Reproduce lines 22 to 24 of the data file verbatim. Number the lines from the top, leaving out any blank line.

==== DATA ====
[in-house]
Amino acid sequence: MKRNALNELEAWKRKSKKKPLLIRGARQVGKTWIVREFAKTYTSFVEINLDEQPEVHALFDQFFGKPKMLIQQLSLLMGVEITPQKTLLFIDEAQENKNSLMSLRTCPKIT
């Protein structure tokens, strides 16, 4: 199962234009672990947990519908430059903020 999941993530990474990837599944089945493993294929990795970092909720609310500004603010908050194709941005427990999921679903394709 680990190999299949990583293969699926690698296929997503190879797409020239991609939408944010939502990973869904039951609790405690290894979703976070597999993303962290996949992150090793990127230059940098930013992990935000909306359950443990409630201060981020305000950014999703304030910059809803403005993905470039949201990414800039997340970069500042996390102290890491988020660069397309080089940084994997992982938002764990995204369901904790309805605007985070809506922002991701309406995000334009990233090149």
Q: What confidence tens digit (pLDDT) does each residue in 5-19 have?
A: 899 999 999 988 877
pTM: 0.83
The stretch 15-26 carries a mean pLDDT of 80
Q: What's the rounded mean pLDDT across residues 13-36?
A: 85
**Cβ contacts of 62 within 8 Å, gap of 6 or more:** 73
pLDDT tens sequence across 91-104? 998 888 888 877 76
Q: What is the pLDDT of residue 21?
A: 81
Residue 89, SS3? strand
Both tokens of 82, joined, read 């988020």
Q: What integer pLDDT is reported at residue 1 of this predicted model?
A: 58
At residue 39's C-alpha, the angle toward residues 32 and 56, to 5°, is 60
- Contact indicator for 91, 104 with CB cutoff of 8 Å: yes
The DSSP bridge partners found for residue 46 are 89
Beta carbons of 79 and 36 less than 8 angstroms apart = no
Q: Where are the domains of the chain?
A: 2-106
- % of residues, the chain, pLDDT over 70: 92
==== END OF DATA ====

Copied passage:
Q: Where are the domains of the chain?
A: 2-106
- % of residues, the chain, pLDDT over 70: 92